If the British Museum isn’t taking good care of relics, Chinese want theirs back

Recently, a short video series titled Escape from the British Museum went viral on the Chinese internet. The three-part series tells the story of how a Chinese artefact – a jade teapot played by a vlogger as a damsel in distress – escapes from the British Museum and finds its way back home to China.

The first episode was released on August 30 but, even before that, the trailer attracted much online attention against the backdrop of a theft scandal at the British Museum. In mid-August, the museum announced that it had dismissed an employee after items from its collection were found to be “missing, stolen or damaged”. As it emerged that around 2,000 items had been taken, the museum’s director, Hartwig Fischer, resigned.
The British Museum is one of the world’s largest and best-known museums, housing 8 million artefacts from all over the world that represent a wide swathe of human civilisation. Many of these treasures came from countries beyond Britain.

There have been other thefts at the British Museum over the decades, and the latest scandal has revealed the extent of the museum’s obliviousness and raised questions about its management. Many of the missing items may be untraceable due to the fact that they were not properly catalogued; their disappearance might just be the tip of the iceberg.

Thus, the theft scandal has triggered a broader debate about how the British Museum amassed its huge collection in the first place, and whether it should return objects to the countries they came from.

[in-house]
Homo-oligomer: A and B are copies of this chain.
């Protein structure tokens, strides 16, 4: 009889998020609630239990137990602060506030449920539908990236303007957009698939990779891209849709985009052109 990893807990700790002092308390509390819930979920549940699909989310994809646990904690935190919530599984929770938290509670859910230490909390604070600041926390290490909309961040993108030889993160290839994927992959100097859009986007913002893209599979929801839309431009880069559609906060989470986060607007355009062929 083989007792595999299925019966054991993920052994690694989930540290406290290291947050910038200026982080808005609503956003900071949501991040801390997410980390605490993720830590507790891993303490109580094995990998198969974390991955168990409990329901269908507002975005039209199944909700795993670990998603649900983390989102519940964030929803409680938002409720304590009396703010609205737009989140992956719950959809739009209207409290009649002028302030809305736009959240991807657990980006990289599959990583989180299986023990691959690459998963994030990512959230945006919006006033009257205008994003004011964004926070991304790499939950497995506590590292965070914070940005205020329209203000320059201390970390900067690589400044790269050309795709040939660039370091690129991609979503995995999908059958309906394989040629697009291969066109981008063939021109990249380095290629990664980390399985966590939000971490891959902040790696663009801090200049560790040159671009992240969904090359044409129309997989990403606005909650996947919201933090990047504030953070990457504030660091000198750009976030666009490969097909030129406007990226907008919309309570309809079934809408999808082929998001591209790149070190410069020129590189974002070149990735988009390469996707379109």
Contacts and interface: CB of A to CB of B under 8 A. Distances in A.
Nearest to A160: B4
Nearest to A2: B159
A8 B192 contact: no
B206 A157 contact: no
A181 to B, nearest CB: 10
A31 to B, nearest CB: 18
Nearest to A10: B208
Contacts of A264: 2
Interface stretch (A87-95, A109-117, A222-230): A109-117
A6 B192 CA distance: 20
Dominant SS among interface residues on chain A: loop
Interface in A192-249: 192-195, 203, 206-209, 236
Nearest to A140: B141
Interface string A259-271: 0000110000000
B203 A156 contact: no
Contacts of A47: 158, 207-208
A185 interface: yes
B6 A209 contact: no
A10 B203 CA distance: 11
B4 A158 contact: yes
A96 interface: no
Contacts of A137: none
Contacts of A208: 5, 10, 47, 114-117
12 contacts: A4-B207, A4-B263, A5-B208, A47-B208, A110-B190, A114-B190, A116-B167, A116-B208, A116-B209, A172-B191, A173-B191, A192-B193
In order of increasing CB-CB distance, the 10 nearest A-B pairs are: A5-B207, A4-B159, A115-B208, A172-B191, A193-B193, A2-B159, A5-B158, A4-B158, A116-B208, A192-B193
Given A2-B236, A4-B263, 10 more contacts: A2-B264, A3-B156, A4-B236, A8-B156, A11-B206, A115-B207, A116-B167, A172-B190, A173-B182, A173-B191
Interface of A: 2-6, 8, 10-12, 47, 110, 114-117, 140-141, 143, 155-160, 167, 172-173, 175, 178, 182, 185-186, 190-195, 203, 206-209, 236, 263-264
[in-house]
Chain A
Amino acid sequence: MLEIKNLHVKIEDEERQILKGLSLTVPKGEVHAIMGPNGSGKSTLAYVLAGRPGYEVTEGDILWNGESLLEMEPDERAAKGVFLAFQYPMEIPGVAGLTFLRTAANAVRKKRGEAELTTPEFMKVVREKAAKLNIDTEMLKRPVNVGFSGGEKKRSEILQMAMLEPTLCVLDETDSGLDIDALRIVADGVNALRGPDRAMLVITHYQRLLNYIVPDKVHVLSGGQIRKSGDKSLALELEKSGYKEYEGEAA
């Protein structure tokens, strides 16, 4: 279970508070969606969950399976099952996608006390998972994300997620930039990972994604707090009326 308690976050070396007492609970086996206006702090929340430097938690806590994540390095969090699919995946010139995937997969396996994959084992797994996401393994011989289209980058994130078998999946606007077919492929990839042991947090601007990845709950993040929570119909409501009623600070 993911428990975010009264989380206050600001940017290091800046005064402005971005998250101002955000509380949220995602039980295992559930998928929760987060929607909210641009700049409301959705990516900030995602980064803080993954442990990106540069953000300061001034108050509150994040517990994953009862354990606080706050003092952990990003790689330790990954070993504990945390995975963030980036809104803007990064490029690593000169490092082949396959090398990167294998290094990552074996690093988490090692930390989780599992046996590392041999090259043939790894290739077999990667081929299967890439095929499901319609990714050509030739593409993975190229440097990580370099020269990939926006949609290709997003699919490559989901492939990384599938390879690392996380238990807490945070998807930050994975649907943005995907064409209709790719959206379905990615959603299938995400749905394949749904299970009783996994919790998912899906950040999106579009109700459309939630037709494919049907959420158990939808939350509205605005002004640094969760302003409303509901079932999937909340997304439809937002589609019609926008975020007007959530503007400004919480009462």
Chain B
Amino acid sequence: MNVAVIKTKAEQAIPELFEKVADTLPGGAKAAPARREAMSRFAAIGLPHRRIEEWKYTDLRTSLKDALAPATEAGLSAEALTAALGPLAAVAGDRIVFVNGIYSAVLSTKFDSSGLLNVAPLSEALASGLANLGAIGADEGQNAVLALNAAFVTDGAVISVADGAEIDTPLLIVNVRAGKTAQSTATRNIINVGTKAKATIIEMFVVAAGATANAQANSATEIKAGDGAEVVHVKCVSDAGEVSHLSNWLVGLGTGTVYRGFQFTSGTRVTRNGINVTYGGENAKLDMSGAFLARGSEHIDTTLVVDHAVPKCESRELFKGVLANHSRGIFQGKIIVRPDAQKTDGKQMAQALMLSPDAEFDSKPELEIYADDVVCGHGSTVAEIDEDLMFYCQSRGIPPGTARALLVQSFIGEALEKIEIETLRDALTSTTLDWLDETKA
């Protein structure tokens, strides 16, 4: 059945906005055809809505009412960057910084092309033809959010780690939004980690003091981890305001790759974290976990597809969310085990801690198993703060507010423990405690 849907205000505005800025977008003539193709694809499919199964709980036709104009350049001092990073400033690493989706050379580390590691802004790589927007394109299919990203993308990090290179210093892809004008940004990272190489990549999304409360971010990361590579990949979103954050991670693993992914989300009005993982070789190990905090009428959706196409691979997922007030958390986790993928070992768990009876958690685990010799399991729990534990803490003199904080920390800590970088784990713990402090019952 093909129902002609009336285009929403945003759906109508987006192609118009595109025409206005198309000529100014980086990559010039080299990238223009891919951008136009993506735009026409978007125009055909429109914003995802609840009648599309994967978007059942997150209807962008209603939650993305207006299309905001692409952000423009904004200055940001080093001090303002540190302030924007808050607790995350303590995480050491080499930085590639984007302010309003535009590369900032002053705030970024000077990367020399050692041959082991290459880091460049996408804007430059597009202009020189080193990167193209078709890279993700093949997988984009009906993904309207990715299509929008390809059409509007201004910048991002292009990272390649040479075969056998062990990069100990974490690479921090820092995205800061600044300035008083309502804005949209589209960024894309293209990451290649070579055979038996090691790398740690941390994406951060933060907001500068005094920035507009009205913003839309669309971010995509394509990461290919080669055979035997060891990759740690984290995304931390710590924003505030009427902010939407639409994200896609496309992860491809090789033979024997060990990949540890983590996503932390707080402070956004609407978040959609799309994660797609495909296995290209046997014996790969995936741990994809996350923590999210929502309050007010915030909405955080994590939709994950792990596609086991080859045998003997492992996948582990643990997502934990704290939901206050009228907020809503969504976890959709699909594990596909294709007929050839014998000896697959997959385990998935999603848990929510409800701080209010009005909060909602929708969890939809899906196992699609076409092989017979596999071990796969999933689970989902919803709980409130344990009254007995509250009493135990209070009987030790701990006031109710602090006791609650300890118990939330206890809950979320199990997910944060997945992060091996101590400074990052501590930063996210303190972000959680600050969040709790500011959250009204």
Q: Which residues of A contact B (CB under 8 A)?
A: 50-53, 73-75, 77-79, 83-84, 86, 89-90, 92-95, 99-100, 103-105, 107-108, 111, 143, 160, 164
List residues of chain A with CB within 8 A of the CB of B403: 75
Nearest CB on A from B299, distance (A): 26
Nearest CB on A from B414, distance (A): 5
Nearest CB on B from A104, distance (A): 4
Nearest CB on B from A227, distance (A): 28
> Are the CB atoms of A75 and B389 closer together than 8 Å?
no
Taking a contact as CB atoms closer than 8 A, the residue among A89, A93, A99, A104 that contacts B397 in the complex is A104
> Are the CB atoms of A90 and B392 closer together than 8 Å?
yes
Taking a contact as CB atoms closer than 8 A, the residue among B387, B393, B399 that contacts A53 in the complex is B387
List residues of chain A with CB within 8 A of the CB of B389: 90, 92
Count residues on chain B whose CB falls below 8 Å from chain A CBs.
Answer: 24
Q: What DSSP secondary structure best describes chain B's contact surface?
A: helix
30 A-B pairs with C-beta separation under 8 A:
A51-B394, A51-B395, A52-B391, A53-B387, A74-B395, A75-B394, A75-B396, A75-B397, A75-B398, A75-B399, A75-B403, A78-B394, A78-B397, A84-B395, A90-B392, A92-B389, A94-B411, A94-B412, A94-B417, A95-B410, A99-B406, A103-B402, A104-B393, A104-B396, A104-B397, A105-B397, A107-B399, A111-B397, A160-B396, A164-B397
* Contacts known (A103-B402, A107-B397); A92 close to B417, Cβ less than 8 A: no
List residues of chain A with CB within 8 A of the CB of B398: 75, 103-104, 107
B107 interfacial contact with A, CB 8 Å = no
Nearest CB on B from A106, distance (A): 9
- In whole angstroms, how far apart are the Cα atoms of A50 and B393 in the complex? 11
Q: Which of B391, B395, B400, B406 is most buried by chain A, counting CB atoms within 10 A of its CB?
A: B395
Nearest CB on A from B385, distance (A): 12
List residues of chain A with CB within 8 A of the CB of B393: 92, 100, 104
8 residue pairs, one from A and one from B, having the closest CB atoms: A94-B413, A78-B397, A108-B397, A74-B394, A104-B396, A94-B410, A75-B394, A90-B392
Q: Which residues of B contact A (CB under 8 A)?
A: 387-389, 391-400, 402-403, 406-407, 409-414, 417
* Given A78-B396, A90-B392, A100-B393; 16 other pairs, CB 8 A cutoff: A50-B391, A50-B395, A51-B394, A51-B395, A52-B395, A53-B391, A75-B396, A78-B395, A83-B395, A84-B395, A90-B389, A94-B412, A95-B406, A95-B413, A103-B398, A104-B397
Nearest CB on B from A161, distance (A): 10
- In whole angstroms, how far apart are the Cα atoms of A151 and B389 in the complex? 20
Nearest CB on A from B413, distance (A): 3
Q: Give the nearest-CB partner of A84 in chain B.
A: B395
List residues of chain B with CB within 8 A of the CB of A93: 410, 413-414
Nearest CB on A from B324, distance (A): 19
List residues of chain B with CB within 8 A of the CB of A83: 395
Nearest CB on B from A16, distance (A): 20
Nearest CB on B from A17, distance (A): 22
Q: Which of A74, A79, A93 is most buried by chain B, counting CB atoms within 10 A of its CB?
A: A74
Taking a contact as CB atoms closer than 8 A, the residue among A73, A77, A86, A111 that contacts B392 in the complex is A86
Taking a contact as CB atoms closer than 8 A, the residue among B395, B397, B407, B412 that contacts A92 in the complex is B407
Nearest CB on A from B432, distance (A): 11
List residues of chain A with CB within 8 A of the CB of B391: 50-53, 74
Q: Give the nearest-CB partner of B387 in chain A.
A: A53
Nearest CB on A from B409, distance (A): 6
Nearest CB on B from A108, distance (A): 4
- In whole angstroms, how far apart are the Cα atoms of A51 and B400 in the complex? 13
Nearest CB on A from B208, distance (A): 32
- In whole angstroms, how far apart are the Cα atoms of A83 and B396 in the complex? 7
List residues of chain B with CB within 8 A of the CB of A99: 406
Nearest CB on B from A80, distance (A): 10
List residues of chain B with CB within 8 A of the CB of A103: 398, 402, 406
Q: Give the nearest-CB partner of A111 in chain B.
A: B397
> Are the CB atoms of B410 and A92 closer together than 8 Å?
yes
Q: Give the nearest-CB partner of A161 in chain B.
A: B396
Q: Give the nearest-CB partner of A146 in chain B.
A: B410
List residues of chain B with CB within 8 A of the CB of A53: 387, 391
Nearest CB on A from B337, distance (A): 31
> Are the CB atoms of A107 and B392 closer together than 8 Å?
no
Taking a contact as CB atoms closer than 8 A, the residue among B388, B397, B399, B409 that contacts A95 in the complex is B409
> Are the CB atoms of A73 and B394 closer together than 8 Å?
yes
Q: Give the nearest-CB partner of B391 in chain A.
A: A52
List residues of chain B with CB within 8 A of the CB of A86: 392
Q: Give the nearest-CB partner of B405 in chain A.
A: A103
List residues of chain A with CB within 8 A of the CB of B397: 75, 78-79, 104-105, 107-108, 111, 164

As a Chinese, I have always had complicated feelings when it comes to the British Museum, which currently has about 23,000 Chinese objects that span the Neolithic age to the present day. Ranging widely from paintings and prints to jade, bronzes, lacquer and ceramics, the objects reflect the cultural richness and diversity of China.

Among the objects are matchless treasures. For example, the museum holds a prized copy of Admonitions of the Instructress to the Court Ladies, the painting by Gu Kaizhi, which carries inscriptions by collectors including the Qianlong emperor. The collection also includes sancai (or three-coloured) ceramic figures from the Tang dynasty, as well as paintings from Dunhuang.


Half of Room 33 in the British Museum is dedicated to displaying Chinese artefacts. Here, a large number of pieces of jade and porcelain are packed into display cabinets, not unlike in furniture stores.

It has been said on the Chinese internet that “the best of China’s cultural relics are not in the Palace Museum, but in the British Museum”, and that “no Chinese person can walk out of the British Museum with a smile”.

For China, the history that matters is its ‘century of humiliation’

Indeed, while the sight of these marvellous pieces – each a showcase of the mastery of Chinese art – may stir national pride in Chinese visitors, such feelings are often mixed with grief as the tour of the museum goes on.